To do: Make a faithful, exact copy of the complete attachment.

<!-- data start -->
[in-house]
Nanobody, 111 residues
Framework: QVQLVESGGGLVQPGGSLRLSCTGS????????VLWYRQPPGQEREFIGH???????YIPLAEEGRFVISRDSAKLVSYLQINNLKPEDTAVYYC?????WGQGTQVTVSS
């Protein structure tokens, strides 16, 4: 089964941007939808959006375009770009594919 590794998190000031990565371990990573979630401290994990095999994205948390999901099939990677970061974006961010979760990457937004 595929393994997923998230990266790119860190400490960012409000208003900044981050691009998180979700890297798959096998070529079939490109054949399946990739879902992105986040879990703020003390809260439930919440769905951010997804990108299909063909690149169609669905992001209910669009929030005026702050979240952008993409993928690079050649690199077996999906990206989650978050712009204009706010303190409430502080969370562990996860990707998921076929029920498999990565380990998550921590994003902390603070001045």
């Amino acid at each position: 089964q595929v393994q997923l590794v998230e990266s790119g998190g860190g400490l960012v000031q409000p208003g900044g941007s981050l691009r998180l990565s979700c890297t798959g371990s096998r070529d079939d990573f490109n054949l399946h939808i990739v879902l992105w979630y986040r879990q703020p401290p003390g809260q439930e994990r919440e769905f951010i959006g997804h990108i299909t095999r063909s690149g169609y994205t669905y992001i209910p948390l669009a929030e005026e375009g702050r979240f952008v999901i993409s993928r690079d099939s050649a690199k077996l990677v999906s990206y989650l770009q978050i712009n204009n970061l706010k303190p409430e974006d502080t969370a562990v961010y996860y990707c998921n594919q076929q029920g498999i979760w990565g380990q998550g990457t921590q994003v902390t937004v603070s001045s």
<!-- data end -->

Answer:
[in-house]
Nanobody, 111 residues
Framework: QVQLVESGGGLVQPGGSLRLSCTGS????????VLWYRQPPGQEREFIGH???????YIPLAEEGRFVISRDSAKLVSYLQINNLKPEDTAVYYC?????WGQGTQVTVSS
């Protein structure tokens, strides 16, 4: 089964941007939808959006375009770009594919 590794998190000031990565371990990573979630401290994990095999994205948390999901099939990677970061974006961010979760990457937004 595929393994997923998230990266790119860190400490960012409000208003900044981050691009998180979700890297798959096998070529079939490109054949399946990739879902992105986040879990703020003390809260439930919440769905951010997804990108299909063909690149169609669905992001209910669009929030005026702050979240952008993409993928690079050649690199077996999906990206989650978050712009204009706010303190409430502080969370562990996860990707998921076929029920498999990565380990998550921590994003902390603070001045």
């Amino acid at each position: 089964q595929v393994q997923l590794v998230e990266s790119g998190g860190g400490l960012v000031q409000p208003g900044g941007s981050l691009r998180l990565s979700c890297t798959g371990s096998r070529d079939d990573f490109n054949l399946h939808i990739v879902l992105w979630y986040r879990q703020p401290p003390g809260q439930e994990r919440e769905f951010i959006g997804h990108i299909t095999r063909s690149g169609y994205t669905y992001i209910p948390l669009a929030e005026e375009g702050r979240f952008v999901i993409s993928r690079d099939s050649a690199k077996l990677v999906s990206y989650l770009q978050i712009n204009n970061l706010k303190p409430e974006d502080t969370a562990v961010y996860y990707c998921n594919q076929q029920g498999i979760w990565g380990q998550g990457t921590q994003v902390t937004v603070s001045s």